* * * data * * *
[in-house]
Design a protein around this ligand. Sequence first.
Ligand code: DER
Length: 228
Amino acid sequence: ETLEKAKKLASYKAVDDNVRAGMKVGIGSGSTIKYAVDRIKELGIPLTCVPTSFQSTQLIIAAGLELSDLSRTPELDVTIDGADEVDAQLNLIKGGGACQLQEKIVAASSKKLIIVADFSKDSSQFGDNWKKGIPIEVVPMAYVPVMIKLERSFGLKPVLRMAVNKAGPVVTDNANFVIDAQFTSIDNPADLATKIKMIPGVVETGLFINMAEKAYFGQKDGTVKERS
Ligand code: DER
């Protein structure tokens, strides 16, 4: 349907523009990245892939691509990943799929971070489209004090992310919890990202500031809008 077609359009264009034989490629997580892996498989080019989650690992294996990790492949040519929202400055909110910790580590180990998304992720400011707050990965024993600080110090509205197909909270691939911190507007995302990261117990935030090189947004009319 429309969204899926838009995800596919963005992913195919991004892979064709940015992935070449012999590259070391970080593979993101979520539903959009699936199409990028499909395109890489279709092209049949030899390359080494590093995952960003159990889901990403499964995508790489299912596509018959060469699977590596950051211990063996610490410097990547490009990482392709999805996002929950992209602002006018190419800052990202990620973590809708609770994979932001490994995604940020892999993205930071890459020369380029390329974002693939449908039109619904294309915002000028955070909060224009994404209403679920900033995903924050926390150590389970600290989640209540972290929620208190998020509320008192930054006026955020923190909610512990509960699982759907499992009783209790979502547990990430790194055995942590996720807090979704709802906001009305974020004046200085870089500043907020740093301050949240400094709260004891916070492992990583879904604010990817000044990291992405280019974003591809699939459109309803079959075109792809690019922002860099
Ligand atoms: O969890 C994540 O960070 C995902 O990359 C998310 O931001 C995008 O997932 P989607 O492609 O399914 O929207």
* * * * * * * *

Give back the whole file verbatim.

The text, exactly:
[in-house]
Design a protein around this ligand. Sequence first.
Ligand code: DER
Length: 228
Amino acid sequence: ETLEKAKKLASYKAVDDNVRAGMKVGIGSGSTIKYAVDRIKELGIPLTCVPTSFQSTQLIIAAGLELSDLSRTPELDVTIDGADEVDAQLNLIKGGGACQLQEKIVAASSKKLIIVADFSKDSSQFGDNWKKGIPIEVVPMAYVPVMIKLERSFGLKPVLRMAVNKAGPVVTDNANFVIDAQFTSIDNPADLATKIKMIPGVVETGLFINMAEKAYFGQKDGTVKERS
Ligand code: DER
């Protein structure tokens, strides 16, 4: 349907523009990245892939691509990943799929971070489209004090992310919890990202500031809008 077609359009264009034989490629997580892996498989080019989650690992294996990790492949040519929202400055909110910790580590180990998304992720400011707050990965024993600080110090509205197909909270691939911190507007995302990261117990935030090189947004009319 429309969204899926838009995800596919963005992913195919991004892979064709940015992935070449012999590259070391970080593979993101979520539903959009699936199409990028499909395109890489279709092209049949030899390359080494590093995952960003159990889901990403499964995508790489299912596509018959060469699977590596950051211990063996610490410097990547490009990482392709999805996002929950992209602002006018190419800052990202990620973590809708609770994979932001490994995604940020892999993205930071890459020369380029390329974002693939449908039109619904294309915002000028955070909060224009994404209403679920900033995903924050926390150590389970600290989640209540972290929620208190998020509320008192930054006026955020923190909610512990509960699982759907499992009783209790979502547990990430790194055995942590996720807090979704709802906001009305974020004046200085870089500043907020740093301050949240400094709260004891916070492992990583879904604010990817000044990291992405280019974003591809699939459109309803079959075109792809690019922002860099
Ligand atoms: O969890 C994540 O960070 C995902 O990359 C998310 O931001 C995008 O997932 P989607 O492609 O399914 O929207």